Then I found the experts, whom I have known from other acquaintances, such as my colleague and Associate Professor S. Giannoudis, who was the first person I approached and with whom we actually set up the program. The content of the different modules was proposed to the Academic Committee of the program by the professors who teach the different subjects. My mission, as the Program Director, was to ensure the coherence of the program and the possible collaboration between the modules, in the sense that the knowledge acquired in the context of a module can be transferred in the practice of another. It is definitely a team effort.
Given that the Msc Interaction Generative Design is taught in English, how do you think that having an international element to the program will help enhance students’ experiences and their understanding of the field of interaction generative design?
The program was designed in English with the aim to engage with international students and facilitate collaborations between different nationalities. We believed that people with different starting points in academia, i.e. who have undertaken similar undergraduate studies, and have possibly formed different perceptions around the subject of spatial planning and its objects, could meet within the framework of this program and illuminate different aspects of the same problem. Also, in the creation of the program we took into account what is happening internationally in the academic field in corresponding such study programs and we have been following the development of interactive algorithmic design in the professional field for years now.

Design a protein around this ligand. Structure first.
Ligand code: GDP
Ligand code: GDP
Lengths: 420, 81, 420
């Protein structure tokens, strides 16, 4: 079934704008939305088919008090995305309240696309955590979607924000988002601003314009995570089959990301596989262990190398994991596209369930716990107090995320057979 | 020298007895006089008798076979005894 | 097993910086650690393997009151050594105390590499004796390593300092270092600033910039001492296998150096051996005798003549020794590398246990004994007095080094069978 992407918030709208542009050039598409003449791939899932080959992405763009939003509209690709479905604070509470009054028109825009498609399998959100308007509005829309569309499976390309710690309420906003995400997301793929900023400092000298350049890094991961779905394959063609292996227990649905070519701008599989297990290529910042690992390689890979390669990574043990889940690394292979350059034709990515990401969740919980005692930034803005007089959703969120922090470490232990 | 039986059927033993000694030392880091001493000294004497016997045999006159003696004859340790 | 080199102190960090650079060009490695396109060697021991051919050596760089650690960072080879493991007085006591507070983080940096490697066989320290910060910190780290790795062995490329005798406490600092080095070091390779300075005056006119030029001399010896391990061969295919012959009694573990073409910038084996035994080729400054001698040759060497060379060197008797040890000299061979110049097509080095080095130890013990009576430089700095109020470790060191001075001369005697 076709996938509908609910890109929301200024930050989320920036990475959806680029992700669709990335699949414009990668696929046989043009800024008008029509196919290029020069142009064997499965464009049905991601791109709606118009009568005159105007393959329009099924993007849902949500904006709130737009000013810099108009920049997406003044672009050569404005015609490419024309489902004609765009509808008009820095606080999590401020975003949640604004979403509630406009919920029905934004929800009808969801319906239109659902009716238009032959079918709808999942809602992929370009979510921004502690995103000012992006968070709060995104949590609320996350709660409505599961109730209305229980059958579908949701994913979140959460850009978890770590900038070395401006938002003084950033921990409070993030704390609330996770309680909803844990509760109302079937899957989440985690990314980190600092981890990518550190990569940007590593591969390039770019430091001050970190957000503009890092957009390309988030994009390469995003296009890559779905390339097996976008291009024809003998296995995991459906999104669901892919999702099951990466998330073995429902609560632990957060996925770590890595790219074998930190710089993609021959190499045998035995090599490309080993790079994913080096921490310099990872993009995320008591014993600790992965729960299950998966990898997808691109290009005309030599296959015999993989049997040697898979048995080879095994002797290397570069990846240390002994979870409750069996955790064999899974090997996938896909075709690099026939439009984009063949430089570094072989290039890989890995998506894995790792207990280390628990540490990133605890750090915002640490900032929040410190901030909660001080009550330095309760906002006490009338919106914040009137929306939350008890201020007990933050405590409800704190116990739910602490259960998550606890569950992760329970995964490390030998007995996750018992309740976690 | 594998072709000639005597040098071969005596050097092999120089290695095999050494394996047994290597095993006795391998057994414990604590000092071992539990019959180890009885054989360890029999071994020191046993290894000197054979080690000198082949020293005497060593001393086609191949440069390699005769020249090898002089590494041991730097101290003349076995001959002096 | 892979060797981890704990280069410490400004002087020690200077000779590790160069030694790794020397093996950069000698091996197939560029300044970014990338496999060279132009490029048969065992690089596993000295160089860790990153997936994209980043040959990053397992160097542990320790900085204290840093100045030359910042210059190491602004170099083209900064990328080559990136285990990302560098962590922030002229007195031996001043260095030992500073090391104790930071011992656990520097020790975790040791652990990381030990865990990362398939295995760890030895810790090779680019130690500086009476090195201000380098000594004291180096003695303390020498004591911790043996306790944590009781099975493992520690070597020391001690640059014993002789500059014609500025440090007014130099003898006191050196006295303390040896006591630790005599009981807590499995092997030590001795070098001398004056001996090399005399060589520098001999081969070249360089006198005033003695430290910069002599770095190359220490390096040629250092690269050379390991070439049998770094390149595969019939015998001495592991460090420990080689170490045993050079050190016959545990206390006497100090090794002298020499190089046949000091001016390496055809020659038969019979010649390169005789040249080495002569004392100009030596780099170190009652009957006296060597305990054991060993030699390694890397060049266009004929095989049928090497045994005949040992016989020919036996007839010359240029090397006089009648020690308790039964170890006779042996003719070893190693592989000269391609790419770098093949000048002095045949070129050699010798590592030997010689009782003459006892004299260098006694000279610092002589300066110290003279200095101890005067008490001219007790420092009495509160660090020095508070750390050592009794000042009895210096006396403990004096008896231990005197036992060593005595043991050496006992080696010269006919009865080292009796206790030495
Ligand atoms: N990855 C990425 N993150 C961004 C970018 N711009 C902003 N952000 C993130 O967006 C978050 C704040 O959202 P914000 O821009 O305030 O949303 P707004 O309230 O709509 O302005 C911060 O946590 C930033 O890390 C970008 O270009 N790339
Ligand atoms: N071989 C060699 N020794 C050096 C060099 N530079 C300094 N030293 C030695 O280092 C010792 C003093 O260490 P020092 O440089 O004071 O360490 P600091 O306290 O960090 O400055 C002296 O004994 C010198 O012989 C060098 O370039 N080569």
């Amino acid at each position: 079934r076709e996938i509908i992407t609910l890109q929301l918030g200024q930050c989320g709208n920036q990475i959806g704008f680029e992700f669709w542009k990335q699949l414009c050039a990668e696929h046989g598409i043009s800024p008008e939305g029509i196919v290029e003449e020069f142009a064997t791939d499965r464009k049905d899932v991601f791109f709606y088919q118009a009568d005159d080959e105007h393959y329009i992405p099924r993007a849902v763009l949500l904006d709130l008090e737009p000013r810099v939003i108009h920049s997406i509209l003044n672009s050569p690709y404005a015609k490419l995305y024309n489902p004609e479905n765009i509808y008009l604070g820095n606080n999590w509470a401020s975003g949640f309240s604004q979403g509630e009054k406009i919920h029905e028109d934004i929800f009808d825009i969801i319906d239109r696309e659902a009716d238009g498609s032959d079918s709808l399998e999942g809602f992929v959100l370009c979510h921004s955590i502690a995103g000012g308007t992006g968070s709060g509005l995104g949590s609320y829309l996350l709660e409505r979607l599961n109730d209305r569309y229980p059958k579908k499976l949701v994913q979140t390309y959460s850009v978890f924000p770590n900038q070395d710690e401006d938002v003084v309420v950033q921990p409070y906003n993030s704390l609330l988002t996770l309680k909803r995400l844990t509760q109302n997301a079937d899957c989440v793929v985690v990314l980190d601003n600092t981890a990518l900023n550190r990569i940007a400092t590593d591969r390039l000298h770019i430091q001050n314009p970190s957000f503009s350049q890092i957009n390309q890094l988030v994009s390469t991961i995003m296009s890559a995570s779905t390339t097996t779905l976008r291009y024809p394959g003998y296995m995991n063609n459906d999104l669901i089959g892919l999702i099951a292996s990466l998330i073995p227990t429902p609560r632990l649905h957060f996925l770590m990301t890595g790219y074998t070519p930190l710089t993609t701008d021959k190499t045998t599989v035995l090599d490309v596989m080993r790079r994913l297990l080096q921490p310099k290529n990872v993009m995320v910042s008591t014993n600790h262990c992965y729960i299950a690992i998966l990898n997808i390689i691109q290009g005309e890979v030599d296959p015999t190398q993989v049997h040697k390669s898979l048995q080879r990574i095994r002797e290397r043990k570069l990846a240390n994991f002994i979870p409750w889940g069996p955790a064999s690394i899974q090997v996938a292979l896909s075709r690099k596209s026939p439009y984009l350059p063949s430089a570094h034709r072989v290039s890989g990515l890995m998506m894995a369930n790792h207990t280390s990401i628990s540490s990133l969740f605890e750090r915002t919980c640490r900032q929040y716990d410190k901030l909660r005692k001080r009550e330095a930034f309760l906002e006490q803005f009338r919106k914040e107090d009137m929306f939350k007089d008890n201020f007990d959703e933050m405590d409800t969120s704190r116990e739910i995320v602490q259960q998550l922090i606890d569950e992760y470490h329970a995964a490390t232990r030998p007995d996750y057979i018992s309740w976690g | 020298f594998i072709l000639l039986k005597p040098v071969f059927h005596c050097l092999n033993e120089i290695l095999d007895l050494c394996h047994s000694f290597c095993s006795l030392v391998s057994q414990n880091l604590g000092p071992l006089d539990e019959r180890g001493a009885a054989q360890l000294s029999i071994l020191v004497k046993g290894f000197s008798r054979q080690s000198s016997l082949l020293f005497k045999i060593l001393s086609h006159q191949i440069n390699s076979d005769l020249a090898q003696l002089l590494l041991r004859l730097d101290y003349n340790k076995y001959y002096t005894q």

What do you think will be some of the key outcomes and professional opportunities for students enrolled in the Msc Interaction Generative Design?
Graduates of the program are very well versed in methodologies involving algorithmic thinking and also know how to organize their work in terms of digital fabrication. A graduate of this program has the possibility to work in the design of facades, roofs, furniture, lighting, jewelry and in general object design. It can also design the interaction between object and user. In other words, constructions that react to specific actions of the user, such as some facades or canopies or even some sculptures.
Could you please briefly describe how you think the field of interaction generative design will develop and evolve in the coming years? How should educational programs adapt and evolve alongside these developments?
Internationally, knowledge about algorithmic design issues is increasingly spreading in academia. It is a design method that fits and perhaps forms the basis for Artificial Intelligence issues in space design. Design in general is directed towards disengagement from the form of the objects being designed and increasingly towards the control of their structure and inherent properties. Manipulating the properties of an object is the key that can unleash creativity at levels that can surprise the designer himself. This is not a new thought. It is an idea that originates from Plato and was greatly cultivated during the modernist period. But now it has been transformed into a space planning methodology, which is compatible with the principles of Artificial Intelligence and with the possibilities offered through digital construction.
In the course’s first year of existence, how has it engaged students?
The program’s students indicated interest in both the curriculum and the different modules that make it up. A few of them informed us that they thought the content’s exercises were engaging and that the curriculum appeared to be very well-organized. The first students are already working with many professors and combining their particular expertise from various modules to begin their diploma theses. In one instance, the modules of digital fabrication and geometry were merged to study geometric structures that the student would later manufacture using digital machinery.